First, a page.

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The School of the Sixteenth Century

     The School of the Sixteenth Century is held yearly to train reenactors in the various aspects of portraying Spanish explorers and colonists during the Age of Discovery.   This event serves as a comprehensive introduction to newcomers to this era of living history and as a refresher to more experienced hands.  Museum professionals and educators are invited to attend, and often members of the general publicare on hand to observe as well.  Classes on sword, pike, arquebus, crossbow and cannon cover the basics of 16th C. military life and modern reenactment blackpowder safety.  The school is not limited to just military drill however, other subjects include food, games, recreation, clothing, comportment, and history.  The emphasis is hands on learning for the participants. Many of the classes are taught stressing the importance and techniques of interpreting history to the general public.

     Traditionally the School has been held at the the Fountain of Youth Site in St. Augustine.  In January of 2000, however, the School was held on the west coast of the peninsula, at the Heritage of the Ancient Ones (HOTAO) brand new site at the Camp Bayou Nature Center, in Ruskin, Florida. Through the efforts of HOTAO, Native American culture at the time of the first contacts between the Europeans and Indian groups such as the Calusa, Timucua, and Apalachee have long been part of the School.  West coast contact era history, was a theme for this event, especially that of the Tampa Bay area, in deference to the new location rather than that of  St.Augustine as in years past.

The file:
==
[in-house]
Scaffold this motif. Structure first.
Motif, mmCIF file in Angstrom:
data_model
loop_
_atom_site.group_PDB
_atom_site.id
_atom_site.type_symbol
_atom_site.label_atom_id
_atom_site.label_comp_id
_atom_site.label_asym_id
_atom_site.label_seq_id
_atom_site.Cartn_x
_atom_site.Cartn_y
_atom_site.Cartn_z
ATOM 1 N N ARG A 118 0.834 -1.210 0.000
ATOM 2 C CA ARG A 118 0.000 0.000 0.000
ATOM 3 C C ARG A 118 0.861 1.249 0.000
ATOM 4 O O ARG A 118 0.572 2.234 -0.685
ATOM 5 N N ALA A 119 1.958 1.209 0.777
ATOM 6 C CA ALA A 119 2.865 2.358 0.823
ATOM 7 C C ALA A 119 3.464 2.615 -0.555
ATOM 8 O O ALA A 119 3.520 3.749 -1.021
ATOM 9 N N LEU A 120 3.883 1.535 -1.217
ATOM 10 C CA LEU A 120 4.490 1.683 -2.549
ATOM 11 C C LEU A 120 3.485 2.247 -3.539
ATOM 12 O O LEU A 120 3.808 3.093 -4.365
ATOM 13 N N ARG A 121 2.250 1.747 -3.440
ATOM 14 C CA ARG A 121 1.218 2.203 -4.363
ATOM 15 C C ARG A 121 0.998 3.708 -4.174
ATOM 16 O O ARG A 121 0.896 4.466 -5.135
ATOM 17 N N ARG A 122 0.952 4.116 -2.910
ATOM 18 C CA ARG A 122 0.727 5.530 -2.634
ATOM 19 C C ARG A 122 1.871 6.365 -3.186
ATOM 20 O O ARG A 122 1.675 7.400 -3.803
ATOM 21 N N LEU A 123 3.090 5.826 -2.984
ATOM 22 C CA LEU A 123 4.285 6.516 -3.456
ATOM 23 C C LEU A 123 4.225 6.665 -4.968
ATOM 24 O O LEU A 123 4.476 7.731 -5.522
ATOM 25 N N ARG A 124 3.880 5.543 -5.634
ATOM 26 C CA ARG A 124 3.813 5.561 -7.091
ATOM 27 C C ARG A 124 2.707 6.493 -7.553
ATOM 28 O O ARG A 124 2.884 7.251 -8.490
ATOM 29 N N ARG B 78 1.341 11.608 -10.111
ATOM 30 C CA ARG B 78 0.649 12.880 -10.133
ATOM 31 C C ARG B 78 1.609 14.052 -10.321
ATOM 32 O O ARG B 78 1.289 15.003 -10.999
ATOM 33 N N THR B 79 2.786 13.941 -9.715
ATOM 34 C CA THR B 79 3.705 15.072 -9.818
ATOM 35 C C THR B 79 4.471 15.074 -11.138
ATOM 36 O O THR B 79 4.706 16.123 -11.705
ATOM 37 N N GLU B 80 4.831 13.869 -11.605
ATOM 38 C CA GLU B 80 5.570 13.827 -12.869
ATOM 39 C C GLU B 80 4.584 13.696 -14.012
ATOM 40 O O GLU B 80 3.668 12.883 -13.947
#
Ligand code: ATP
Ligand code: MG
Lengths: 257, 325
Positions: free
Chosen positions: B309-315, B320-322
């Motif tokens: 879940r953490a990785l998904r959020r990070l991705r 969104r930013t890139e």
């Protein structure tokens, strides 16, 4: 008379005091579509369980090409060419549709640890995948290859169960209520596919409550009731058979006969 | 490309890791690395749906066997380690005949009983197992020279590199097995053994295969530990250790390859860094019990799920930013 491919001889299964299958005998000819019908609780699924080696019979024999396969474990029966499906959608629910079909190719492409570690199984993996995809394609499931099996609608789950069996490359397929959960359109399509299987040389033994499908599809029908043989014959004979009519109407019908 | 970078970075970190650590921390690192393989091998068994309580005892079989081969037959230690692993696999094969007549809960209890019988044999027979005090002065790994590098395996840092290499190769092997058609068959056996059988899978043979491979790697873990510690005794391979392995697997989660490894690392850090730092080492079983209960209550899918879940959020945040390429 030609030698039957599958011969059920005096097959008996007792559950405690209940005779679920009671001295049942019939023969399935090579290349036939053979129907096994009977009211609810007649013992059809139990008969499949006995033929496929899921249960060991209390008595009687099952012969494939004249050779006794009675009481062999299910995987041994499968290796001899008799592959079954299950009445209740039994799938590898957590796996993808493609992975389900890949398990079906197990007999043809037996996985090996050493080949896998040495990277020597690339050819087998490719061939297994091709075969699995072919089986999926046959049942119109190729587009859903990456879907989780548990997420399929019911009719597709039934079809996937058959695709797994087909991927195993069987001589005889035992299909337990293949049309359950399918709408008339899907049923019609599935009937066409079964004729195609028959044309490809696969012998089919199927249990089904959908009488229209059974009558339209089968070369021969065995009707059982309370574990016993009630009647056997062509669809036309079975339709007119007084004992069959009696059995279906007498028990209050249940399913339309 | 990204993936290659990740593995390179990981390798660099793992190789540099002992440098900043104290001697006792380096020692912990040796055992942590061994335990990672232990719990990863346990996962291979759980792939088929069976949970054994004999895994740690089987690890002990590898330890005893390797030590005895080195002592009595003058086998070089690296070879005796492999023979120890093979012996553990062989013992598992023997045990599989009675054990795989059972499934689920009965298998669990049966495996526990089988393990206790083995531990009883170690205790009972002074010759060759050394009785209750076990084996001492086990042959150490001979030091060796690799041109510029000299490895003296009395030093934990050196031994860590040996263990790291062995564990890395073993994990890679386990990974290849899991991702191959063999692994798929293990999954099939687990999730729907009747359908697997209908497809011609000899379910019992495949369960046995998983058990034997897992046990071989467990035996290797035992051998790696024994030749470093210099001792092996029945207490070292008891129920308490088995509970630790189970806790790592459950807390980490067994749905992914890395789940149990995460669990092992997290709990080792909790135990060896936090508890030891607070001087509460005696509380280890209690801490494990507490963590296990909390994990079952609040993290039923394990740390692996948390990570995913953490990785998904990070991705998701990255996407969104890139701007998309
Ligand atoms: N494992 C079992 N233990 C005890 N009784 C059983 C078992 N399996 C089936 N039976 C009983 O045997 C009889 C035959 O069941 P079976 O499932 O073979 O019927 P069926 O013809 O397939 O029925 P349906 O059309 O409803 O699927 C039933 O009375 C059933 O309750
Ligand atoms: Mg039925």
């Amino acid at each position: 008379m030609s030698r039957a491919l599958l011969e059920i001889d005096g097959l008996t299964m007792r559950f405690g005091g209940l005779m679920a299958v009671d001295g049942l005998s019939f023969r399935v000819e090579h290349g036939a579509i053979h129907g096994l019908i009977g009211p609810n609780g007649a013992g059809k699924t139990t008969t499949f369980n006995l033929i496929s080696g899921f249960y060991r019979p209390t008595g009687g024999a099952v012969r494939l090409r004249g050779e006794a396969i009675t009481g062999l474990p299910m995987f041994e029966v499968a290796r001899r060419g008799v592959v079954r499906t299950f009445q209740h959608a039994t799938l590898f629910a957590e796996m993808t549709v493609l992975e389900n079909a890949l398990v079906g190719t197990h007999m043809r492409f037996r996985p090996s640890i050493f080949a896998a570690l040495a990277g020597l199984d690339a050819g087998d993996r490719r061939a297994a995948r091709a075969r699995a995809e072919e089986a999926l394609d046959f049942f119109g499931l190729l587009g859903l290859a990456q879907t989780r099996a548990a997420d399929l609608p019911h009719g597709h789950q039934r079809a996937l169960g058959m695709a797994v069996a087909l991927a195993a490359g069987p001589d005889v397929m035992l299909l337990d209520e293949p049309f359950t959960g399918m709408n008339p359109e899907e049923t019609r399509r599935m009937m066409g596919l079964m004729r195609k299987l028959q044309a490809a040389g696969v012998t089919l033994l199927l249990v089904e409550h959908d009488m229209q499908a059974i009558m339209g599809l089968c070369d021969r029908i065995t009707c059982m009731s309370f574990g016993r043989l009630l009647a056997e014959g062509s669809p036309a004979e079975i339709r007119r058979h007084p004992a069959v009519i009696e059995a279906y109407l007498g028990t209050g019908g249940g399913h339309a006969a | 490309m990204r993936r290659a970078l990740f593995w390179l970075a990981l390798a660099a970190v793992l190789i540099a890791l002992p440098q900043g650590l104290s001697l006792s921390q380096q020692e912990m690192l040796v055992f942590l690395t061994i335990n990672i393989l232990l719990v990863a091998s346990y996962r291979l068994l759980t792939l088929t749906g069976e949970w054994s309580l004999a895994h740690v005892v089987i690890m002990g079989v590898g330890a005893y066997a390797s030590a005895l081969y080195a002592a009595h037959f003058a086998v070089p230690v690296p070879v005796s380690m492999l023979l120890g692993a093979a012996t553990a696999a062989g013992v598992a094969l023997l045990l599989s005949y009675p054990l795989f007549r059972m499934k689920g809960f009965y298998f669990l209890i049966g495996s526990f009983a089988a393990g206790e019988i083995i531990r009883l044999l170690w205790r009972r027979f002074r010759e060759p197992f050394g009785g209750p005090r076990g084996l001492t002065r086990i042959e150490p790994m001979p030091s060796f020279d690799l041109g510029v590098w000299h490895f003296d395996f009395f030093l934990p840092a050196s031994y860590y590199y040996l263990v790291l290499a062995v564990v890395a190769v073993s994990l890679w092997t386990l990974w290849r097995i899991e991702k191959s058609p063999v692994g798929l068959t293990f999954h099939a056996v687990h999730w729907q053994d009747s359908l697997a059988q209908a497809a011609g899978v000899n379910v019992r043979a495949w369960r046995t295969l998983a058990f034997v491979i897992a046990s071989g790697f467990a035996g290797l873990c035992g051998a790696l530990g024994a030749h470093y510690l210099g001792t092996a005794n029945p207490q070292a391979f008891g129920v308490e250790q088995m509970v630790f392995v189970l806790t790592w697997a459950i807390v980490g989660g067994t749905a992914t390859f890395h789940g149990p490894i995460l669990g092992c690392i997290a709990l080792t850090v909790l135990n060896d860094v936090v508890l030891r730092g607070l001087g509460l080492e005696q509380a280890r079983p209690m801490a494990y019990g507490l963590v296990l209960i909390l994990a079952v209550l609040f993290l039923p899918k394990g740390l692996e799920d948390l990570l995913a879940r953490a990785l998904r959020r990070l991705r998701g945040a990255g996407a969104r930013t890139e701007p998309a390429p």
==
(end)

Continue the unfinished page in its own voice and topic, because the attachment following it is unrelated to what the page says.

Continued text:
Conquistadors as the Food?  No, Just a reenactment of the story of Juan Ortiz.

     The highlight of the event was Saturday afternoon's performance of  four short skits depicting the sixteenth century history of Tampa Bay.

More photos from the event.

More photos on the HOTAO website: and scenes from the play:
Tampa Bay in the 16th Century
1500-1600   Tampa bay was inhabited by the aboriginal people known as the Tocobago, affiliated with the Timucuan who populated most of central Florida.

1519     Alonzo Alvarez de Pineda explores the coast of the gulf of Mezico, drawing the first known map of Tampa Bay.

1528      Panfilo de Narvaez, with five ships, lands an army of  some 500 men abd 40 horses and marches north along the coast.  Juan Ortiz searching for Navarez is taken captive by Indians. 

1539     Hernando de Soto, with nine ships, leads to Tampa Bay an expedition of  600 men and 220 horses.  A Base Camp is established and occupied with a garrison of men at a native village, while the rest of thearmy proceeds inland.

1549     Leaving from Vera Cruz, Mexico , father Luis Cancer Barbasto  attempted to establish a mission.  Ignoring the warnings of Juan Munoz,  a soldier of the Soto expedition who had been captured by the natives 10 years before; Father Cancer was beaten to death upon landing. 

1567     Pedro Menendez de Aviles, Spanish Governor of Florida, sailed into Tampa Bay and was granted permissiion to leave a small garrison of thirty men under Captain Garcia Martinez de Cos; Nine months later a supply ship returned to find that all thirty had been massacred. 

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Timothy Burke